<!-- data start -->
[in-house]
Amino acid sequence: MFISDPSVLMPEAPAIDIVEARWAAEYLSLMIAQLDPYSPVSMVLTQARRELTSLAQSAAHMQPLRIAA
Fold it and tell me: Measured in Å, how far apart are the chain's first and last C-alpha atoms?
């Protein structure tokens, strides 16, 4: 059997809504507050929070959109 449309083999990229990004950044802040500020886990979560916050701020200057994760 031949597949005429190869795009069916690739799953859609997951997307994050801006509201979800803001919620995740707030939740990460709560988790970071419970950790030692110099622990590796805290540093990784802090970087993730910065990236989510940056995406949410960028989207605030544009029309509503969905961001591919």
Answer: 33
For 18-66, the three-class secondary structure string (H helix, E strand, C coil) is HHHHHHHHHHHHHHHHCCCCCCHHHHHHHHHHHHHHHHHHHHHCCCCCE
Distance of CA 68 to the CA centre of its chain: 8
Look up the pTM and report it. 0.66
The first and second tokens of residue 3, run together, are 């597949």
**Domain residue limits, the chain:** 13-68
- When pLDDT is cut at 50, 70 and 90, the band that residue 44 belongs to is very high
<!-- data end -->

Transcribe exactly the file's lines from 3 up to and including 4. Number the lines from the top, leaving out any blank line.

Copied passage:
Fold it and tell me: Measured in Å, how far apart are the chain's first and last C-alpha atoms?
């Protein structure tokens, strides 16, 4: 059997809504507050929070959109 449309083999990229990004950044802040500020886990979560916050701020200057994760 031949597949005429190869795009069916690739799953859609997951997307994050801006509201979800803001919620995740707030939740990460709560988790970071419970950790030692110099622990590796805290540093990784802090970087993730910065990236989510940056995406949410960028989207605030544009029309509503969905961001591919």